Now, the VOA Learning English program Words and Their Stories.
On this program we explain the origin and usage of common phrases and expressions in American English.
Popular culture has a strong influence on language. The expressions that come from movies and television shows can be especially powerful.
When we use expressions that come from a movie or television experience shared by others, it can create a feeling of closeness with them. If someone says a line from one of your favorite movies, it is kind of like you both belong to the same club.
Some of these pop culture expressions have become so common that you might not even know the shows they come from. But you can still use them!
English has many phrases that have found their way into common usage. Today we talk about a water-based phrase and useful adjectives that relate to it.
If I say to you, just keep swimming, I am quoting a fish -- a really famous fish.
如果我对你说，just keep swimming，我引用了一条鱼说的话—一条非常有名的鱼。
In the movie Finding Nemo, Dory is a friendly, helpful, optimistic fish. She becomes friends with Marlin, a clown fish who has just lost his only son.
Dory offers to help Marlin find Nemo. (Actually she does not take “no” for an answer.) The search is very difficult. Along the way, they face bloodthirsty, confused vegetarian sharks; bloodthirsty, but very clear-headed pelicans and dentists!
Every time Marlin feels like giving up Dory says to him, “Just keep swimming. Just keep swimming.”
DORY: When life gets you down, you know what you got to (gotta) do? MARLIN: I don’t want to know what you got to (gotta) do.
DORY: Just keep swimming. Just keep swimming. Just keep swimming, swimming, swimming. What do we do? We swim,swim.MARLIN: Dory, no singing.
With these words, Dory is telling her friend that he should not give up. He should keep looking for his son.
At some point, we all face a difficult situation. We may feel frightened, sad or just overwhelmed. And we may want to give up. But then a friend says, “Just keep swimming,” and it gives us the hope we need to reach our goal – to finish strong.
The expression may come from a children’s film, but its meaning is not childish. And even if someone has not seen the film Finding Nemo, they most likely will know what you mean when you say it.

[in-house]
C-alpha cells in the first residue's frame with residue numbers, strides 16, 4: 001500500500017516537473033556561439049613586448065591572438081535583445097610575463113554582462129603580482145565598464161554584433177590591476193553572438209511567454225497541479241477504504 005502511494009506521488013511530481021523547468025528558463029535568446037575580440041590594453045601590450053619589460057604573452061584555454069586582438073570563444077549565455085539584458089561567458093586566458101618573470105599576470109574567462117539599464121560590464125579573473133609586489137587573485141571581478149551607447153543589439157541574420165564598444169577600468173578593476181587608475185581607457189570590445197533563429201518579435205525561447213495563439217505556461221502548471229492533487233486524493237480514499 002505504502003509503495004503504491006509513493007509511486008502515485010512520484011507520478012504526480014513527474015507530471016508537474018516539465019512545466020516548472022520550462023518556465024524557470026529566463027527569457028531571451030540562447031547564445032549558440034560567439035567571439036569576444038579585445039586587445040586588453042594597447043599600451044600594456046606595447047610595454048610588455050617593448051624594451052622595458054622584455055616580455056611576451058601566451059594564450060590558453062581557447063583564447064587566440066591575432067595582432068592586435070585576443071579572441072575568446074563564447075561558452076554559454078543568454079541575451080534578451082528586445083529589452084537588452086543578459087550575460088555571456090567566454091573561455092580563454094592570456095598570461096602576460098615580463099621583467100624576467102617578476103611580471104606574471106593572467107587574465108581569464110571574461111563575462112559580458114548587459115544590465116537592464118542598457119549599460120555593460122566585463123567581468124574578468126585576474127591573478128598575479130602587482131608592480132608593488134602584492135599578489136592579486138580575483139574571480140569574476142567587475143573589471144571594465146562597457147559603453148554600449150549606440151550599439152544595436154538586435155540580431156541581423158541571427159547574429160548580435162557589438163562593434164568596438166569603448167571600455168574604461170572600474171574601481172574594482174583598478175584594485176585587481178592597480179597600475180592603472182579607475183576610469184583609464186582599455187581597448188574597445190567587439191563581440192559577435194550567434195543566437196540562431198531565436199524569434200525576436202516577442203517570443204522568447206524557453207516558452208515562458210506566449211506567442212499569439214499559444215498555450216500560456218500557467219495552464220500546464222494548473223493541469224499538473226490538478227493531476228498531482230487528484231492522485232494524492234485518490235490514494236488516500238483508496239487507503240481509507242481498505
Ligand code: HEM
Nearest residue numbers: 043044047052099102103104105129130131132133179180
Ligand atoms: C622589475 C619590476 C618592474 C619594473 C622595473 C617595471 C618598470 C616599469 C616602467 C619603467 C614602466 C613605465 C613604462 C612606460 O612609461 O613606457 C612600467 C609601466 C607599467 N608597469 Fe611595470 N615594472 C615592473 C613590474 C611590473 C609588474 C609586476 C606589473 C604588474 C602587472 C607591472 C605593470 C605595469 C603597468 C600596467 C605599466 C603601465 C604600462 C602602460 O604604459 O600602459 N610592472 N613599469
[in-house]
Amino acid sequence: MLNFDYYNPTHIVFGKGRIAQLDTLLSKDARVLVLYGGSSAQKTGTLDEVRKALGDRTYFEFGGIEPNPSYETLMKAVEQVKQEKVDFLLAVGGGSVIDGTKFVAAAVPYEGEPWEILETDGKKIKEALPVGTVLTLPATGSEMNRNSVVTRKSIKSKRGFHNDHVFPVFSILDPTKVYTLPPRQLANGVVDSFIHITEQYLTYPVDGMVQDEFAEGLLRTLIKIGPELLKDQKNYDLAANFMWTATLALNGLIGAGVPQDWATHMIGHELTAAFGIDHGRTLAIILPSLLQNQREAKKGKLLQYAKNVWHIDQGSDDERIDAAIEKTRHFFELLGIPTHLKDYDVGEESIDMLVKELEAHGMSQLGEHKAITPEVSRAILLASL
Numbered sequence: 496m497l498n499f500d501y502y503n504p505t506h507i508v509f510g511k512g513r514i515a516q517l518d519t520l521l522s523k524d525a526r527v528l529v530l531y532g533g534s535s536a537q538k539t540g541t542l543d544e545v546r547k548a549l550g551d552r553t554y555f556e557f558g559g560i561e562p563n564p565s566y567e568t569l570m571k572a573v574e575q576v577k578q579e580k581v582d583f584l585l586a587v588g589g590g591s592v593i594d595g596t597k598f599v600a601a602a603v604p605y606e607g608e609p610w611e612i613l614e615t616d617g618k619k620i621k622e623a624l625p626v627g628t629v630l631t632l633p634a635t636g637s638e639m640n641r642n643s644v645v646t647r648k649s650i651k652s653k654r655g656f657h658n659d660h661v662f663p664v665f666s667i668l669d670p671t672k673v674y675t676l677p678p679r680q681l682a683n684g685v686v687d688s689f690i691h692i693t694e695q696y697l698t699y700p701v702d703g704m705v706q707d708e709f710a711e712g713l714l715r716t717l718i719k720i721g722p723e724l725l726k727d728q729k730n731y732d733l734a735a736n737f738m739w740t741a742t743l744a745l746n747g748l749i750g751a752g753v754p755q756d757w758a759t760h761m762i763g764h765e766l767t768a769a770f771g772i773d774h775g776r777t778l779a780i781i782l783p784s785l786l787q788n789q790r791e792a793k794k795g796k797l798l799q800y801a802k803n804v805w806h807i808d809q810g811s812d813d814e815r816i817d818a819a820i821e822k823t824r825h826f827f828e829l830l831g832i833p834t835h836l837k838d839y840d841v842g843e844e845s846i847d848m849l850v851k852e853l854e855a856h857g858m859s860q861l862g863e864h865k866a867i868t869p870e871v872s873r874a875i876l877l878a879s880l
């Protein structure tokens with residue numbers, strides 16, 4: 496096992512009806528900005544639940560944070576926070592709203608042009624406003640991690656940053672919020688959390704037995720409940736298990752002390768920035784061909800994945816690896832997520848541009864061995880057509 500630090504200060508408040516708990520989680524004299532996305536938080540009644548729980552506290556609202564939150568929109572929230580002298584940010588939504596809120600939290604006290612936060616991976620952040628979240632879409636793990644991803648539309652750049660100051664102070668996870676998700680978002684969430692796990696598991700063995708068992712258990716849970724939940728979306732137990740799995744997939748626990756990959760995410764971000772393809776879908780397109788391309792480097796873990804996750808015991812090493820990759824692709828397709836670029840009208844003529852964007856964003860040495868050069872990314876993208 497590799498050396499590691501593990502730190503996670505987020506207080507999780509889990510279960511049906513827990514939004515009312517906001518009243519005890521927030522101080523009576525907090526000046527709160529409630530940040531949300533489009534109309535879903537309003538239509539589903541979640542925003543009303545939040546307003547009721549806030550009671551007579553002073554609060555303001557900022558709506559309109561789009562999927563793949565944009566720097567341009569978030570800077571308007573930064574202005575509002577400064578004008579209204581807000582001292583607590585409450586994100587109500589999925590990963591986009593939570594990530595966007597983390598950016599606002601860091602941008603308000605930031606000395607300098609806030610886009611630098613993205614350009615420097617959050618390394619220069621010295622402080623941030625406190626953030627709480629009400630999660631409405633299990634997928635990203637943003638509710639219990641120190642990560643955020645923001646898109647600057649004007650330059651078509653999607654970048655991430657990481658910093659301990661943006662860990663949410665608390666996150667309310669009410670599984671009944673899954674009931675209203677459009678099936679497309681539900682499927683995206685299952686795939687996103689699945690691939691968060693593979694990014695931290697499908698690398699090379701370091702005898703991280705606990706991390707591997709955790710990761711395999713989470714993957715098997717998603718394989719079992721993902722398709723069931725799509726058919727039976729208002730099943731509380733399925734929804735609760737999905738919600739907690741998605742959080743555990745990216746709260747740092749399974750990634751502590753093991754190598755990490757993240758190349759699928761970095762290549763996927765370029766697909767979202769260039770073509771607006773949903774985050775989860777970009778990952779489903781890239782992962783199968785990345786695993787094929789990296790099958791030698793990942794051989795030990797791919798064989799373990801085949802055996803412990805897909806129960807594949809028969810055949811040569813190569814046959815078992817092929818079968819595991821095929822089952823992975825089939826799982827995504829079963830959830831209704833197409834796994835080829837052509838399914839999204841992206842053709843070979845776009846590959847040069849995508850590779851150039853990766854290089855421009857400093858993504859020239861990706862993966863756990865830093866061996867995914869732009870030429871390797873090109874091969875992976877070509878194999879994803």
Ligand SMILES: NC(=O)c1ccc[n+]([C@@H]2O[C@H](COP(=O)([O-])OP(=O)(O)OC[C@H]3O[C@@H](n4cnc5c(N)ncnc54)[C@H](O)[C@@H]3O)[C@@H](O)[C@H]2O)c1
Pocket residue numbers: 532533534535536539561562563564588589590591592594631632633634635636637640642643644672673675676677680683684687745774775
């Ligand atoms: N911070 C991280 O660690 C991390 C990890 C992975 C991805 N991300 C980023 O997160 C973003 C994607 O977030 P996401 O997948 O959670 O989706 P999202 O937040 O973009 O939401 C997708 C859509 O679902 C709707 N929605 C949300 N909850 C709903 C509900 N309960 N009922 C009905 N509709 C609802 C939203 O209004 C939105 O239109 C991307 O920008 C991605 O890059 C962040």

If you keep swimming you will not drown. Another expression, to keep your head above water, expresses a similar message. Don’t drown. Take action to survive, even if that is all you can do.
如果你继续游，你就不会被淹死。另一个表达是to keep your head above water，也表达了类似的意思。不被淹死。采取行动来生存，即使那是你所能做的全部。
English has some great adjectives to describe people and things that do not give up.
One is resilient. Resilient people do not give up in the face of adversity. Resilient can refer to things, also.For example, a tree that keeps growing even after lightning strikes it, could be called a resilient tree.
Another adjective to describe someone who will not give up is indefatigable. Now, it does have six syllables. So, you may need to practice saying it. I know I did. A lot. Just remember that the stress is on the third syllable: in-de-FA-ti-ga-ble.
另一个形容词用来形容一个永不放弃的人是不屈不饶的。这个单词有六个音节。所以，你可能需要练习才能拼读。我知道我做到了。很多。记住重音在第三个音节上:in-de- fa -ti- gable。
So, would I say “just keep swimming” in a very serious situation or to a very serious co-worker who I don’t know well? Probably not. But we do have other words of encouragement. You can say “Hang in there!” “You can do it!” or “Don’t give up!”
那么，我会在非常严峻的情况下或者对一个我不太了解的非常严肃的同事说“just keep swimming”吗?可能不会。但我们还有其他鼓励的话。你可以说“坚持住!”“你能行!”或者“不要放弃!”
When we use expressions or phrases from movies or television shows, it is a way of sharing culture with another.
And that’s it for Words and Their Stories!
I’m Anna Matteo.